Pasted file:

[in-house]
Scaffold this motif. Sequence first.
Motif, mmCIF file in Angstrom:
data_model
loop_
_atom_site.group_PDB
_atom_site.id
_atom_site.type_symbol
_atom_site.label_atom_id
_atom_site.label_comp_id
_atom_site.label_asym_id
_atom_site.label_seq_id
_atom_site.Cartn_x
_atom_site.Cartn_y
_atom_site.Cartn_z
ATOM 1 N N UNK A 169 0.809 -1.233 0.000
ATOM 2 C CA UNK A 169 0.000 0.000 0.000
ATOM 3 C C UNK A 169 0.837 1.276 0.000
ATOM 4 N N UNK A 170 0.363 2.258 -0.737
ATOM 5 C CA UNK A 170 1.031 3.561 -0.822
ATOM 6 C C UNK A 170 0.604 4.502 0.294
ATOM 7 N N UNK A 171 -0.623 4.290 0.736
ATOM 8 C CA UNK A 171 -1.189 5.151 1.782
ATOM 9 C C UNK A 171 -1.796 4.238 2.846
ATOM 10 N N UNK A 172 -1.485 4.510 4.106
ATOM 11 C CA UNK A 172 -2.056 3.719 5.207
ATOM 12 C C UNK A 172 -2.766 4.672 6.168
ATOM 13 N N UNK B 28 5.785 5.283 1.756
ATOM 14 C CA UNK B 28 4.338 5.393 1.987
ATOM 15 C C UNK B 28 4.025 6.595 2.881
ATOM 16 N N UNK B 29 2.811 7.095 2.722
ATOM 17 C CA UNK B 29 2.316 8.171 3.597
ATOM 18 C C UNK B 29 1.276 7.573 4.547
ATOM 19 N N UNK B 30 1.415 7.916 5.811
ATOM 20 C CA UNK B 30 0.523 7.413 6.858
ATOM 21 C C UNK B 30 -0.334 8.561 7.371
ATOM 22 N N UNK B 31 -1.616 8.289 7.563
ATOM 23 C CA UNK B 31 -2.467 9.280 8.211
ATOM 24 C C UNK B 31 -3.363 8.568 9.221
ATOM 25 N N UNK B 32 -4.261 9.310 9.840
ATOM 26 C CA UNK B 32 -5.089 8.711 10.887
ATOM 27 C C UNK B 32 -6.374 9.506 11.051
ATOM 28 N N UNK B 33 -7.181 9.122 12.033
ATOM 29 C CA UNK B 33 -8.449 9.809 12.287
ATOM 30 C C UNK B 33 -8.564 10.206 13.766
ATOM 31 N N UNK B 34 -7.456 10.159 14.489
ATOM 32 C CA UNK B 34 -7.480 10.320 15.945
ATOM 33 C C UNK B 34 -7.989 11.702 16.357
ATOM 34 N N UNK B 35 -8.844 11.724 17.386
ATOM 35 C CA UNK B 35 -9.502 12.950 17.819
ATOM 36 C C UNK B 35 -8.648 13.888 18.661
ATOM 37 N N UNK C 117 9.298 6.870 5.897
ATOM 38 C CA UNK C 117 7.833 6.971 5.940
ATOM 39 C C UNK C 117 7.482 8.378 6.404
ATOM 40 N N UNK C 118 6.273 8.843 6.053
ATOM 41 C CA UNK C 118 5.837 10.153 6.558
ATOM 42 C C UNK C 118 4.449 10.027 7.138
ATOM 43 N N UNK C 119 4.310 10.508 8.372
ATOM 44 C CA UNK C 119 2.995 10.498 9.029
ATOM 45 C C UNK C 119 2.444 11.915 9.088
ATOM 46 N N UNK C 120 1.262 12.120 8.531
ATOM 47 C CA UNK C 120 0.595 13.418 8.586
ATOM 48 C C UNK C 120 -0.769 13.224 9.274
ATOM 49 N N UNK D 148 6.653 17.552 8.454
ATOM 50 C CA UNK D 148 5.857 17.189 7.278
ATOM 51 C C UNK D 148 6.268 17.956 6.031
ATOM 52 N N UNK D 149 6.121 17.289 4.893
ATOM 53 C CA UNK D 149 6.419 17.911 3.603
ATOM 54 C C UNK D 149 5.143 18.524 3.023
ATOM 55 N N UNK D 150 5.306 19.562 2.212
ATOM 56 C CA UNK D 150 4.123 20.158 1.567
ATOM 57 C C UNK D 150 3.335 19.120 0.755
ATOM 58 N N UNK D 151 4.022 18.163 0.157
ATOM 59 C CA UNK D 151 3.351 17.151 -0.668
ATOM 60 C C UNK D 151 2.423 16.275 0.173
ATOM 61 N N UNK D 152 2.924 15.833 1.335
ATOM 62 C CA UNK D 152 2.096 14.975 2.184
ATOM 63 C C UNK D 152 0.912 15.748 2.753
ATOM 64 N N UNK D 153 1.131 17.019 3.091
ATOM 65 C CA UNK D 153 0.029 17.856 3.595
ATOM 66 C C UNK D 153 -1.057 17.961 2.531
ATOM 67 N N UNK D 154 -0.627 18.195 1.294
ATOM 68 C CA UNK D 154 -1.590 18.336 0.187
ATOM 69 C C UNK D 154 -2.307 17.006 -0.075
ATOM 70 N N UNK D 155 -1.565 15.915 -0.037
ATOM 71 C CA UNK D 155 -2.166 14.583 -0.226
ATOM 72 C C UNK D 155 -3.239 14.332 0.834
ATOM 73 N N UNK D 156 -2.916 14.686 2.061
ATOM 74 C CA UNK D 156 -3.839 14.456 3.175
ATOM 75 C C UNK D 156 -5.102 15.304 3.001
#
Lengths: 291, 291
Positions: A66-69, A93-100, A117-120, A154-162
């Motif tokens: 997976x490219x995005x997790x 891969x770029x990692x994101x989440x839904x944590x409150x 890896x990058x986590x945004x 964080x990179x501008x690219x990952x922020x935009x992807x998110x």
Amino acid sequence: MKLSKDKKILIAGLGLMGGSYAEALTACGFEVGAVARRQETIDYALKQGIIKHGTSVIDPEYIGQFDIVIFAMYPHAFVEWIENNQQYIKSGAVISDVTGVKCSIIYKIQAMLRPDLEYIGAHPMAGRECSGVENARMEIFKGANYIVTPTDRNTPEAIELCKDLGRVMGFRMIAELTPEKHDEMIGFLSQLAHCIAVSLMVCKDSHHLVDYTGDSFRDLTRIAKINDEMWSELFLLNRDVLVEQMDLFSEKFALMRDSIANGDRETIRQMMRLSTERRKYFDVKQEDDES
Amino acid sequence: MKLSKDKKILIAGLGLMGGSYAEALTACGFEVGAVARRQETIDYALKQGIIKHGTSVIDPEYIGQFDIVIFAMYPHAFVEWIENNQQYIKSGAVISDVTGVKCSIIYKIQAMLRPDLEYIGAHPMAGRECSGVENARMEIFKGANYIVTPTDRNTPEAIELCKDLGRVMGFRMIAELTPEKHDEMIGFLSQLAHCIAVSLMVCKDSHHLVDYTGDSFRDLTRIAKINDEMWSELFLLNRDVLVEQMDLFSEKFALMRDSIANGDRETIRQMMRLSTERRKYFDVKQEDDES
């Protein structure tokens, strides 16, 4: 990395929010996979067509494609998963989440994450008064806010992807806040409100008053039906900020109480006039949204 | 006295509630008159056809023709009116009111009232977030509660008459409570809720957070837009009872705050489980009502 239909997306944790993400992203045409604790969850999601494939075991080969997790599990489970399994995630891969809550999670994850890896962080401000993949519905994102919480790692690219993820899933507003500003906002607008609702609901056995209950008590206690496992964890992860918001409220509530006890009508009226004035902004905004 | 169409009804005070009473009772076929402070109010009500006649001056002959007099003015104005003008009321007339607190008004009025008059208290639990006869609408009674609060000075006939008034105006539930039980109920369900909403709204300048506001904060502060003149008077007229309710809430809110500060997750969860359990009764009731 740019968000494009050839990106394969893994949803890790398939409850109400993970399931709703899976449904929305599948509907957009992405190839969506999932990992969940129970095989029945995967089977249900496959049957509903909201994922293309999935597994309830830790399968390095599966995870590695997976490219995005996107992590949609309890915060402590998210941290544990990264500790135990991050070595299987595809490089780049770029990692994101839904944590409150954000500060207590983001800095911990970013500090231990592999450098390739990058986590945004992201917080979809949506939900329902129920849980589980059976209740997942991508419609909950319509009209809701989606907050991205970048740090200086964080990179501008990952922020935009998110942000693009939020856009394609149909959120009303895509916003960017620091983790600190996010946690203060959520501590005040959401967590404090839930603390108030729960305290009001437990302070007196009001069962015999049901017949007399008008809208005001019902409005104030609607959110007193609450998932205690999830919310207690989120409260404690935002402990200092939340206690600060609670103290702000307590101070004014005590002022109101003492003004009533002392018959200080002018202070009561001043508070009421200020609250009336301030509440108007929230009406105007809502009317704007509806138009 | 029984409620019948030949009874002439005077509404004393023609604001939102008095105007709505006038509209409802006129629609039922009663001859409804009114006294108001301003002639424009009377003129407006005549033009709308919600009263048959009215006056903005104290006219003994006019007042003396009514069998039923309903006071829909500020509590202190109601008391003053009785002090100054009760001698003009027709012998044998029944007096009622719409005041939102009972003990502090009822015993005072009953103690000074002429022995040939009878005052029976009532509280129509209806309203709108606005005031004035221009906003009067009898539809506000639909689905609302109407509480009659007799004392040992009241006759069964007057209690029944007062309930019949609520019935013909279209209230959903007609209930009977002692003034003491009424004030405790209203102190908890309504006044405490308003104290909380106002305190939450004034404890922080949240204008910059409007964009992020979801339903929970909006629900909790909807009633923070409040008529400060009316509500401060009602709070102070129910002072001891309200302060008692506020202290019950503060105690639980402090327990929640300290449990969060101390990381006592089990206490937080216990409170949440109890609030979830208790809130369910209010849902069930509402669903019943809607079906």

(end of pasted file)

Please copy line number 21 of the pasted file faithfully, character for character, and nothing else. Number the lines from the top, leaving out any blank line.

ATOM 6 C C UNK A 170 0.604 4.502 0.294